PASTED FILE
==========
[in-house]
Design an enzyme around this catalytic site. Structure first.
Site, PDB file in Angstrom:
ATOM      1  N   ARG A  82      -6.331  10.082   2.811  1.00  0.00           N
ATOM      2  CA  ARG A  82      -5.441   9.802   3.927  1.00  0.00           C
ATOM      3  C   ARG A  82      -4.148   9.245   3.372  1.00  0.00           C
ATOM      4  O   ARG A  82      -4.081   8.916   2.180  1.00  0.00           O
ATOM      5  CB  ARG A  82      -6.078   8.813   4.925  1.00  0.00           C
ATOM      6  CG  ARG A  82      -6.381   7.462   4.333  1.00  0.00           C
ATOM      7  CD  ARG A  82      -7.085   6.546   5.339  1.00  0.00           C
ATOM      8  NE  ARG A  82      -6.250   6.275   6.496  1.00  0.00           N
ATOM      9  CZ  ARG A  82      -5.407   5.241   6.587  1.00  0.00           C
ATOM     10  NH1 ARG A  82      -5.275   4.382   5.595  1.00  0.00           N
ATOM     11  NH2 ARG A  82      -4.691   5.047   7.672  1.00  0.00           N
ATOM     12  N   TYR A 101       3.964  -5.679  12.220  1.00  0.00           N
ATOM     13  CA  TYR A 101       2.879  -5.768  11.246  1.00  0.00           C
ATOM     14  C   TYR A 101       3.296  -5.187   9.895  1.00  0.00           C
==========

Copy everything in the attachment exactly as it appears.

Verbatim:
[in-house]
Design an enzyme around this catalytic site. Structure first.
Site, PDB file in Angstrom:
ATOM      1  N   ARG A  82      -6.331  10.082   2.811  1.00  0.00           N
ATOM      2  CA  ARG A  82      -5.441   9.802   3.927  1.00  0.00           C
ATOM      3  C   ARG A  82      -4.148   9.245   3.372  1.00  0.00           C
ATOM      4  O   ARG A  82      -4.081   8.916   2.180  1.00  0.00           O
ATOM      5  CB  ARG A  82      -6.078   8.813   4.925  1.00  0.00           C
ATOM      6  CG  ARG A  82      -6.381   7.462   4.333  1.00  0.00           C
ATOM      7  CD  ARG A  82      -7.085   6.546   5.339  1.00  0.00           C
ATOM      8  NE  ARG A  82      -6.250   6.275   6.496  1.00  0.00           N
ATOM      9  CZ  ARG A  82      -5.407   5.241   6.587  1.00  0.00           C
ATOM     10  NH1 ARG A  82      -5.275   4.382   5.595  1.00  0.00           N
ATOM     11  NH2 ARG A  82      -4.691   5.047   7.672  1.00  0.00           N
ATOM     12  N   TYR A 101       3.964  -5.679  12.220  1.00  0.00           N
ATOM     13  CA  TYR A 101       2.879  -5.768  11.246  1.00  0.00           C
ATOM     14  C   TYR A 101       3.296  -5.187   9.895  1.00  0.00           C